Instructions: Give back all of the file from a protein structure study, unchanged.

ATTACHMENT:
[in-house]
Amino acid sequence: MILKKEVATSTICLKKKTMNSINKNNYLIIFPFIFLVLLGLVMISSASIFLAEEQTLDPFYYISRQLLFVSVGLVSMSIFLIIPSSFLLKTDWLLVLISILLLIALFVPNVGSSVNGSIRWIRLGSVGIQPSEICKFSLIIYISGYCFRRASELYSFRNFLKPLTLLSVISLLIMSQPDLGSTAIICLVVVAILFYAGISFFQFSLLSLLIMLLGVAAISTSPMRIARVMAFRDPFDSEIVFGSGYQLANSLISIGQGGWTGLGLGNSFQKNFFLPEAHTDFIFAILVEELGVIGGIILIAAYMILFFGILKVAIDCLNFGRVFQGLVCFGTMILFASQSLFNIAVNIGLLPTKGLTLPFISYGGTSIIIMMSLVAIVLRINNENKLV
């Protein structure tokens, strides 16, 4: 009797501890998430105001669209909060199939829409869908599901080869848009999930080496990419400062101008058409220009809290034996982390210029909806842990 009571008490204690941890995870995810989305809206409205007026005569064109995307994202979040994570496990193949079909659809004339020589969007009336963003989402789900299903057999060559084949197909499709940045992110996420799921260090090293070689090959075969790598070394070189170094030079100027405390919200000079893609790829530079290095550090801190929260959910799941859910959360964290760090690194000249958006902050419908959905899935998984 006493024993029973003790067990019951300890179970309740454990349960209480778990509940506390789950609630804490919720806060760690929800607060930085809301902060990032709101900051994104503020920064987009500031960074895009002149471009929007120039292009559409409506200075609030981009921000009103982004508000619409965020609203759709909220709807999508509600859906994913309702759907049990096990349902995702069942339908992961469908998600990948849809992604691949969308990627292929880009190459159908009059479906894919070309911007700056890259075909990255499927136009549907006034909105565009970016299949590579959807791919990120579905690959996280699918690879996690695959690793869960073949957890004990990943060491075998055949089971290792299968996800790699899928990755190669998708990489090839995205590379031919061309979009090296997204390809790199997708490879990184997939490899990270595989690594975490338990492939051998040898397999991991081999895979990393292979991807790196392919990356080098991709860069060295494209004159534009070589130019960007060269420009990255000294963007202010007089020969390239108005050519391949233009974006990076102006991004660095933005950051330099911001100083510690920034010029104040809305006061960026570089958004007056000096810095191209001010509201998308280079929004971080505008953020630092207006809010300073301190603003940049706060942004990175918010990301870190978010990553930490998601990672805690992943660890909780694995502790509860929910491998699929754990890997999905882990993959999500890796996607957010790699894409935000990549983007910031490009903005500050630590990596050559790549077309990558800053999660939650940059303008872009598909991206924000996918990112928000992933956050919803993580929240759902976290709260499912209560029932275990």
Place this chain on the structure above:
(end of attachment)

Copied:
[in-house]
Amino acid sequence: MILKKEVATSTICLKKKTMNSINKNNYLIIFPFIFLVLLGLVMISSASIFLAEEQTLDPFYYISRQLLFVSVGLVSMSIFLIIPSSFLLKTDWLLVLISILLLIALFVPNVGSSVNGSIRWIRLGSVGIQPSEICKFSLIIYISGYCFRRASELYSFRNFLKPLTLLSVISLLIMSQPDLGSTAIICLVVVAILFYAGISFFQFSLLSLLIMLLGVAAISTSPMRIARVMAFRDPFDSEIVFGSGYQLANSLISIGQGGWTGLGLGNSFQKNFFLPEAHTDFIFAILVEELGVIGGIILIAAYMILFFGILKVAIDCLNFGRVFQGLVCFGTMILFASQSLFNIAVNIGLLPTKGLTLPFISYGGTSIIIMMSLVAIVLRINNENKLV
């Protein structure tokens, strides 16, 4: 009797501890998430105001669209909060199939829409869908599901080869848009999930080496990419400062101008058409220009809290034996982390210029909806842990 009571008490204690941890995870995810989305809206409205007026005569064109995307994202979040994570496990193949079909659809004339020589969007009336963003989402789900299903057999060559084949197909499709940045992110996420799921260090090293070689090959075969790598070394070189170094030079100027405390919200000079893609790829530079290095550090801190929260959910799941859910959360964290760090690194000249958006902050419908959905899935998984 006493024993029973003790067990019951300890179970309740454990349960209480778990509940506390789950609630804490919720806060760690929800607060930085809301902060990032709101900051994104503020920064987009500031960074895009002149471009929007120039292009559409409506200075609030981009921000009103982004508000619409965020609203759709909220709807999508509600859906994913309702759907049990096990349902995702069942339908992961469908998600990948849809992604691949969308990627292929880009190459159908009059479906894919070309911007700056890259075909990255499927136009549907006034909105565009970016299949590579959807791919990120579905690959996280699918690879996690695959690793869960073949957890004990990943060491075998055949089971290792299968996800790699899928990755190669998708990489090839995205590379031919061309979009090296997204390809790199997708490879990184997939490899990270595989690594975490338990492939051998040898397999991991081999895979990393292979991807790196392919990356080098991709860069060295494209004159534009070589130019960007060269420009990255000294963007202010007089020969390239108005050519391949233009974006990076102006991004660095933005950051330099911001100083510690920034010029104040809305006061960026570089958004007056000096810095191209001010509201998308280079929004971080505008953020630092207006809010300073301190603003940049706060942004990175918010990301870190978010990553930490998601990672805690992943660890909780694995502790509860929910491998699929754990890997999905882990993959999500890796996607957010790699894409935000990549983007910031490009903005500050630590990596050559790549077309990558800053999660939650940059303008872009598909991206924000996918990112928000992933956050919803993580929240759902976290709260499912209560029932275990």
Place this chain on the structure above: